The Literate Lives of Urban Children
Susan L. Lytle
Teachers College Press
This dynamic text offers a rare glimpse into the literacy development of urban children and their families’ role in it. Based on the author’s candid interviews with her first-grade students, their parents and grandparents, this book challenges the stereotypical view that urban parents don’t care about their children’s education. By listening closely to the voices of her students and their families, the author helps us to move beyond negative assumptions, revealing complexities that have been previously undocumented.
A daring critique of racism and other societal factors that affect children’s learning, this important volume:
Explores the limits and potential of mainstream literacy practices to make a material difference in the lives of socio-economically struggling families.
Challenges educators to view reading as a complex social process that incorporates the experiences of family members as well as school and individual experiences.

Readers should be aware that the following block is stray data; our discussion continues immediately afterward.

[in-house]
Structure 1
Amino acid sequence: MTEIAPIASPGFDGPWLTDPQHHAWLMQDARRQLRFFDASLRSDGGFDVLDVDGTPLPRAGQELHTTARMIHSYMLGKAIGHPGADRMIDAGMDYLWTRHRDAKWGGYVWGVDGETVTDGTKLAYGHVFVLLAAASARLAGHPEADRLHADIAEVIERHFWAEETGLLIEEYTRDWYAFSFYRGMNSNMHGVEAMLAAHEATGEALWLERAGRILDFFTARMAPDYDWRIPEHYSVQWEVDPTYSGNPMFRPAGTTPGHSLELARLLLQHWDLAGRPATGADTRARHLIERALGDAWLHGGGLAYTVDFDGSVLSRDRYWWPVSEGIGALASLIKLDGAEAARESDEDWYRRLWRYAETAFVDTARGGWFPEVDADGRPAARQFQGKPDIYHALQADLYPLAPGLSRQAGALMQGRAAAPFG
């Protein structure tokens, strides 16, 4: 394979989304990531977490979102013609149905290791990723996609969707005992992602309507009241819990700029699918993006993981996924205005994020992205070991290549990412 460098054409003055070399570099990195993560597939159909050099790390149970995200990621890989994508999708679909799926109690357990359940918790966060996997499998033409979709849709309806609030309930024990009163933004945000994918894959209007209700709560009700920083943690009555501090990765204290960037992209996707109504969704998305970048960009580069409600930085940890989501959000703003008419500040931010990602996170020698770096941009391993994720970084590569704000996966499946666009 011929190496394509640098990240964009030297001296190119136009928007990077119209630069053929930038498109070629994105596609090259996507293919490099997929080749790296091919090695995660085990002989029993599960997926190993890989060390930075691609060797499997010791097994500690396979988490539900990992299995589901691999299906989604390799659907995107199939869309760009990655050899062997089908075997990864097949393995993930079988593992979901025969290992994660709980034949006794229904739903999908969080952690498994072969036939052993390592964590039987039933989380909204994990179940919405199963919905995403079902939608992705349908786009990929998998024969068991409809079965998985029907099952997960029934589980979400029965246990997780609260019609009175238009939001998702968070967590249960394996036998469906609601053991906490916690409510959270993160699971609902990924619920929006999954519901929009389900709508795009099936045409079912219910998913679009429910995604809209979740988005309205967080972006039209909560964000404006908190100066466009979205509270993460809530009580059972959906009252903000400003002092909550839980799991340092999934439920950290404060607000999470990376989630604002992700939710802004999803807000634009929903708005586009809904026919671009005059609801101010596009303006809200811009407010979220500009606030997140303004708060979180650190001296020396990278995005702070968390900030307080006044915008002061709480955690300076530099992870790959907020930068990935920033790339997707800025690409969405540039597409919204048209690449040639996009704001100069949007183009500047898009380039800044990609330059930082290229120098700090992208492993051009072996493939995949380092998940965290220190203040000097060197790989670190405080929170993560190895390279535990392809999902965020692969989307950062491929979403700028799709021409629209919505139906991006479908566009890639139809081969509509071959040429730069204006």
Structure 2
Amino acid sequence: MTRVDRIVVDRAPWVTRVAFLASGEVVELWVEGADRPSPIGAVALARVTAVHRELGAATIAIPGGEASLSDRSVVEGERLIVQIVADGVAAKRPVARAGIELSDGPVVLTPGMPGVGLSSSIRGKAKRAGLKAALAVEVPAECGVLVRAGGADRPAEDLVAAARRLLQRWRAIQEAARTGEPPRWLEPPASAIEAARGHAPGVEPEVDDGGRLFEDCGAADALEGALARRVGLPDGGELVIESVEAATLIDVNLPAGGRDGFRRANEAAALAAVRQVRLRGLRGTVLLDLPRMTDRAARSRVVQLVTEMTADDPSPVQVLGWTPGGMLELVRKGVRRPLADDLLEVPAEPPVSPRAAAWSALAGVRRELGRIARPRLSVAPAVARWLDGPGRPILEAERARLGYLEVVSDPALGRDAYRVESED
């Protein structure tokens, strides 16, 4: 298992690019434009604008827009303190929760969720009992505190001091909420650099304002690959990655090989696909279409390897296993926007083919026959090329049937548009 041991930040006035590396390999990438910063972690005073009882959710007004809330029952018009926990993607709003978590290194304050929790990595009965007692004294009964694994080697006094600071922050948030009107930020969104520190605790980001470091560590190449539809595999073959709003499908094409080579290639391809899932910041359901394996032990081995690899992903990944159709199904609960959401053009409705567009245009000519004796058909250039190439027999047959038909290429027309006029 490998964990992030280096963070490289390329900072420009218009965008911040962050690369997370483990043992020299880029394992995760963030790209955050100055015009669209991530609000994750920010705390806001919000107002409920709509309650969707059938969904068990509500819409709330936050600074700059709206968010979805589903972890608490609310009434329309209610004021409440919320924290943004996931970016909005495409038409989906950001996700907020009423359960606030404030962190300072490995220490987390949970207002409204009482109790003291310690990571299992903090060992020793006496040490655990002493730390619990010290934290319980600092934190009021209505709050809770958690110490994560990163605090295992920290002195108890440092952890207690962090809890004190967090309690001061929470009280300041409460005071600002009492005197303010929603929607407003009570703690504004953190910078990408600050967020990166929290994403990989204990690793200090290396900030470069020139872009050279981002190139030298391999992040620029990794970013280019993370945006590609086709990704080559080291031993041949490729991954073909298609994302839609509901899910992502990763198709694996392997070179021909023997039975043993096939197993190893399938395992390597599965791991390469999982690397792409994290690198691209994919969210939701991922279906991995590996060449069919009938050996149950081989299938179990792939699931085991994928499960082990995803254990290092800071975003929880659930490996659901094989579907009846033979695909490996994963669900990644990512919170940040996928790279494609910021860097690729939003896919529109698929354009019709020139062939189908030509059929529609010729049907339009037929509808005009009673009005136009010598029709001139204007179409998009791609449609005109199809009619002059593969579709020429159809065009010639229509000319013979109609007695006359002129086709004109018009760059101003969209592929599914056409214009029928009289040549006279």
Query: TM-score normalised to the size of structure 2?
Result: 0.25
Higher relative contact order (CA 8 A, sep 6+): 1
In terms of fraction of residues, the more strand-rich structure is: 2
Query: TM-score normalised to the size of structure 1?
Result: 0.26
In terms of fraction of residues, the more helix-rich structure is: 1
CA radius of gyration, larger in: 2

Provides a literacy model that treats the process of learning to read as situated not only within local contexts but also within a larger social order.
Offers recommendations to help educators to build on the literacy experiences students bring with them to schools in poor communities and to respect the particular difficulties that these children face when learning to read.
Catherine Compton-Lilly is a first-grade and Reading Recovery teacher in Rochester, New York, and a visiting associate professor at Saint John Fisher College.